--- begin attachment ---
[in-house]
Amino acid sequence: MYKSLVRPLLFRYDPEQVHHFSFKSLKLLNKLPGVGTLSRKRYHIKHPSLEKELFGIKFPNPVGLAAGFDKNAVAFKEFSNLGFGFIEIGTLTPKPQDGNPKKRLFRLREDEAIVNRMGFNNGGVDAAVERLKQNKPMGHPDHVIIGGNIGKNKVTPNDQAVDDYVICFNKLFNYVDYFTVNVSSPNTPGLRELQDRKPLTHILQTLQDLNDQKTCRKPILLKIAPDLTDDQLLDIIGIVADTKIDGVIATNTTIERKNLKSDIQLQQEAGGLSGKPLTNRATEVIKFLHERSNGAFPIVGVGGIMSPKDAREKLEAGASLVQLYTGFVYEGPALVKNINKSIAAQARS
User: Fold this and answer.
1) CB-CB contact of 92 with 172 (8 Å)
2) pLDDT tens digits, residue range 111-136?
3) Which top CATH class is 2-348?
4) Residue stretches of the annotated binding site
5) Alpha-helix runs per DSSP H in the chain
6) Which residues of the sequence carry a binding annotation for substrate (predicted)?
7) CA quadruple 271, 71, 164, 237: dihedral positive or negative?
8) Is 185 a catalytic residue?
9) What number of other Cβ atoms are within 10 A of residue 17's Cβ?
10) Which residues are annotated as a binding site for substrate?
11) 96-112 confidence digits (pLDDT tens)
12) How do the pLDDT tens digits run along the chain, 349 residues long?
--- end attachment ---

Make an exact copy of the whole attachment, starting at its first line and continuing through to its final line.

[in-house]
Amino acid sequence: MYKSLVRPLLFRYDPEQVHHFSFKSLKLLNKLPGVGTLSRKRYHIKHPSLEKELFGIKFPNPVGLAAGFDKNAVAFKEFSNLGFGFIEIGTLTPKPQDGNPKKRLFRLREDEAIVNRMGFNNGGVDAAVERLKQNKPMGHPDHVIIGGNIGKNKVTPNDQAVDDYVICFNKLFNYVDYFTVNVSSPNTPGLRELQDRKPLTHILQTLQDLNDQKTCRKPILLKIAPDLTDDQLLDIIGIVADTKIDGVIATNTTIERKNLKSDIQLQQEAGGLSGKPLTNRATEVIKFLHERSNGAFPIVGVGGIMSPKDAREKLEAGASLVQLYTGFVYEGPALVKNINKSIAAQARS
User: Fold this and answer.
1) CB-CB contact of 92 with 172 (8 Å)
2) pLDDT tens digits, residue range 111-136?
3) Which top CATH class is 2-348?
4) Residue stretches of the annotated binding site
5) Alpha-helix runs per DSSP H in the chain
6) Which residues of the sequence carry a binding annotation for substrate (predicted)?
7) CA quadruple 271, 71, 164, 237: dihedral positive or negative?
8) Is 185 a catalytic residue?
9) What number of other Cβ atoms are within 10 A of residue 17's Cβ?
10) Which residues are annotated as a binding site for substrate?
11) 96-112 confidence digits (pLDDT tens)
12) How do the pLDDT tens digits run along the chain, 349 residues long?